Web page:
Links and Resources to Help you Manage Debt and Finances

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Web Sites

The best, no-sales-pitch advice comes from the U.S. Government's web site (The Federal Trade Commission or the FTC). For example, Facts for Consumers--Credit Repair: Self Help May Be Best article gets straight to the no-bullshit facts about "Scams" and "Warning signs" from companies that want to give you credit -- or want to fix your credit!

The FTC has an outstanding credit site that informs on such topics as: is the official site to help consumers to obtain their free credit report. The FTC endorses this site.

Guidelines to Help Manage Debt — Words of wisdom from North Carolina State University. Effective " Six Steps to Develop a Debt Payment Plan" offers a sensible way to get out of debt.

Debt-Management Best Practices — manual provides suggestions and tools to assist you in your school's debt-management and default-prevention efforts.

Step by step guide to debt management -- Great debt checklist entitled "Before taking out a loan check."

A formal and in-depth discussion on credit an its related topics may be found on Wikipedia. These topics include:


Make Love, Not Debt -- A relationship finance blog.

Forums and Electronic Bulletin Boards

Debt and Credit Management -- Topics include: Debt Consolidation and Settlement, Dealing with Collection Agencies, Creditors and collection agency database , Credit Repair, Payday Loan help, etc.


The best book we can recommend on just about any money matter, including debt, is the Road To Wealth by Suze Orman. Here's some more information about this book:

Road to Wealth

Topics include:

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Suze Orman's face and name are more prominent on the cover of her new money guide than its title, The Road to Wealth. And why not? Orman has parlayed her popular renown as both a New York Times bestselling author and video-age financial guru into an undeniable position of respect and trust when it comes to matters of dollars and sense. This time she presents an encyclopedic guide to the various components of one's overall financial life--from managing debt and owning a home to making investments and preparing to pass it all along--and she does so in the clear and confident style to which her fans have become accustomed. "Here is what you need to know," she writes at the outset. "Answers to the questions you have been asking, as well as the questions you should have been asking, delivered in the most complete, straightforward way I know." While the concise text moves logically from "creating a strong financial foundation to amassing assets and protecting them from common mistakes and periods of economic downturn," this is not meant to be read from cover to cover. Rather, it is a ready bookshelf reference for planning and sorting out common finance concerns, like how to calculate the mortgage payment you can best afford, determine what Medicare will pay toward nursing care, decide between retirement plan options, and similar matters of personal importance. --Howard Rothman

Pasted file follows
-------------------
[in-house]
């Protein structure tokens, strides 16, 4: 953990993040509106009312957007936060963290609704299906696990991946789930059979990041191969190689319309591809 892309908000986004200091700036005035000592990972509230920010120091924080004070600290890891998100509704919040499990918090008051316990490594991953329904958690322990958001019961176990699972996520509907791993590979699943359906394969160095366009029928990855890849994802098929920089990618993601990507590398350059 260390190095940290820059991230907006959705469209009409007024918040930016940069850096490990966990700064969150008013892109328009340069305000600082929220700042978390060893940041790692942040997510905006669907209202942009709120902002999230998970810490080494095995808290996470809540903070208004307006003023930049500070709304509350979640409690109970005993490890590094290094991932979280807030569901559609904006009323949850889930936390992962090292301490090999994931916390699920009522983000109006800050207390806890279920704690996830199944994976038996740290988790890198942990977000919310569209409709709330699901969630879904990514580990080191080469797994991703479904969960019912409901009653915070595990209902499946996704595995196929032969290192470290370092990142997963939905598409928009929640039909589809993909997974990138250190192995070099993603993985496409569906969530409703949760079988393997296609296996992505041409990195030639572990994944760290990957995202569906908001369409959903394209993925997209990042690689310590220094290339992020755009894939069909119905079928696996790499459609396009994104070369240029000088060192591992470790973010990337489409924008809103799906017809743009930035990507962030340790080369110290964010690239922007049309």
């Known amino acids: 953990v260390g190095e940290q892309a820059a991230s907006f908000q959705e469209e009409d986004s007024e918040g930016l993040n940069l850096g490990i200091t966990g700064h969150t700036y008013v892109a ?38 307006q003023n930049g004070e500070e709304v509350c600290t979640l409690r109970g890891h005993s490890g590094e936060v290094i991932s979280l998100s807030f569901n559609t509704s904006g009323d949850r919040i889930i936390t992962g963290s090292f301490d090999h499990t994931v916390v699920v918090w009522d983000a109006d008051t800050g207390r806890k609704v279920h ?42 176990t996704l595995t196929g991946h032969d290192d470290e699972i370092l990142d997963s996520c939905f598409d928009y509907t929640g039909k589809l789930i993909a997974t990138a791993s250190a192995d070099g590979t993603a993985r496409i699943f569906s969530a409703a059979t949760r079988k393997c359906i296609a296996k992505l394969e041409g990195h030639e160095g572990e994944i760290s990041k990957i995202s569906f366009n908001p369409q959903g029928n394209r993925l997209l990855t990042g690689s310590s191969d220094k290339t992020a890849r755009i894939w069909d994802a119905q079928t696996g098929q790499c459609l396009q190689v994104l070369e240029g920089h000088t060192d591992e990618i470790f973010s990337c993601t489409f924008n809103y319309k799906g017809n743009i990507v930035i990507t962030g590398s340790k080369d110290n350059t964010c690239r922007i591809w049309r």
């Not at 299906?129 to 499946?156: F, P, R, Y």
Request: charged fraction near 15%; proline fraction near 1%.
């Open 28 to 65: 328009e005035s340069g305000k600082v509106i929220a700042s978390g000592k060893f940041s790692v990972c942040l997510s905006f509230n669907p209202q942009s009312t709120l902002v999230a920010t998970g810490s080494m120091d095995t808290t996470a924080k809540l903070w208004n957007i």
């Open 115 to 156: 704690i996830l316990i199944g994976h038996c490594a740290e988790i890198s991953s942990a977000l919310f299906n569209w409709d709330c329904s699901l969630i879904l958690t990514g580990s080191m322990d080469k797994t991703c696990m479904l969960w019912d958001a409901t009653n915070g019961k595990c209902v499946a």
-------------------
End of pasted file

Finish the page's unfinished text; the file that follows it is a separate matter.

One of the best-known personal finance authors gives us six hours of questions and answers on managing money. The program is less about investing than it is about getting the basics under control: eliminating credit card debt, reducing spending, minimizing taxes, and borrowing wisely. Orman is succinct and determined in this audio--like Judge Judy hammering somebody with money problems--and the effect is to make you want to balance your checkbook and get a part-time job to pay off your credit cards. It works and ought to be essential listening for anyone who is serious about life and wants to manage money better. From AudioFile 2002, Portland, Maine- Maine

Book Description (from the pulisher)

Suze Orman's #1 bestsellers The 9 Steps to Financial Freedom and The Courage to Be Rich changed the way people think about their money, helping them overcome their emotional roadblocks to financial freedom.

Now, Suze delivers a fully accessible and authoritative resource, loaded with information critical to every stage of readers' financial lives. The Road to Wealth provides readers with practical answers to all the questions they might-or should-have about their financial futures. Sound, straightforward, fiercely honest, and easy-to-understand, Suze's advice gives them the knowledge and power to:

  • Create a strong, debt-free foundation
  • Amass assets and protect them through economic downturns
  • Buy a home to provide for loved ones
  • Invest with confidence and navigate the market in good times and bad
  • Secure reliable income for their later lives

The full introduction:



When it comes to money, I deeply believe that the obstacles that keep us from having more and being more are rooted in the emotional, psychological, and spiritual conditions that have shaped our thoughts: In other words, what we have begins with what we think. This is the cornerstone of my approach to personal finance, and it was with this understanding that I wrote The 9 Steps to Financial Freedom and The Courage to Be Rich. I deeply believe that with self-knowledge and emotional clarity, a life of abundance is within reach for all of us.